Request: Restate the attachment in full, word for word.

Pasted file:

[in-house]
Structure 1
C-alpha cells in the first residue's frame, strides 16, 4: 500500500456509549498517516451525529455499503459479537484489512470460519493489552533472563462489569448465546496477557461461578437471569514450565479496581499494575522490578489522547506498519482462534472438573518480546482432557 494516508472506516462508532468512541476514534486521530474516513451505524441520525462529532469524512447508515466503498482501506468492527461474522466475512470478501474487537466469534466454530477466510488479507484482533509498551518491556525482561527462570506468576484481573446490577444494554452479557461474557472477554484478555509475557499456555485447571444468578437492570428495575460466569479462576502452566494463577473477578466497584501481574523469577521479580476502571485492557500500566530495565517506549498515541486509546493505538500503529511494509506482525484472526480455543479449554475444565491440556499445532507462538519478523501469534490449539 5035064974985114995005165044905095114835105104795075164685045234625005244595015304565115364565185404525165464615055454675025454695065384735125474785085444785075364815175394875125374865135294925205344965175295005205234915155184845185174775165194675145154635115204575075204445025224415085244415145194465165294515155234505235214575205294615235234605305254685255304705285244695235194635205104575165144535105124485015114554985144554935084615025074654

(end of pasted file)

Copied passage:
[in-house]
Structure 1
C-alpha cells in the first residue's frame, strides 16, 4: 500500500456509549498517516451525529455499503459479537484489512470460519493489552533472563462489569448465546496477557461461578437471569514450565479496581499494575522490578489522547506498519482462534472438573518480546482432557 494516508472506516462508532468512541476514534486521530474516513451505524441520525462529532469524512447508515466503498482501506468492527461474522466475512470478501474487537466469534466454530477466510488479507484482533509498551518491556525482561527462570506468576484481573446490577444494554452479557461474557472477554484478555509475557499456555485447571444468578437492570428495575460466569479462576502452566494463577473477578466497584501481574523469577521479580476502571485492557500500566530495565517506549498515541486509546493505538500503529511494509506482525484472526480455543479449554475444565491440556499445532507462538519478523501469534490449539 5035064974985114995005165044905095114835105104795075164685045234625005244595015304565115364565185404525165464615055454675025454695065384735125474785085444785075364815175394875125374865135294925205344965175295005205234915155184845185174775165194675145154635115204575075204445025224415085244415145194465165294515155234505235214575205294615235234605305254685255304705285244695235194635205104575165144535105124485015114554985144554935084615025074654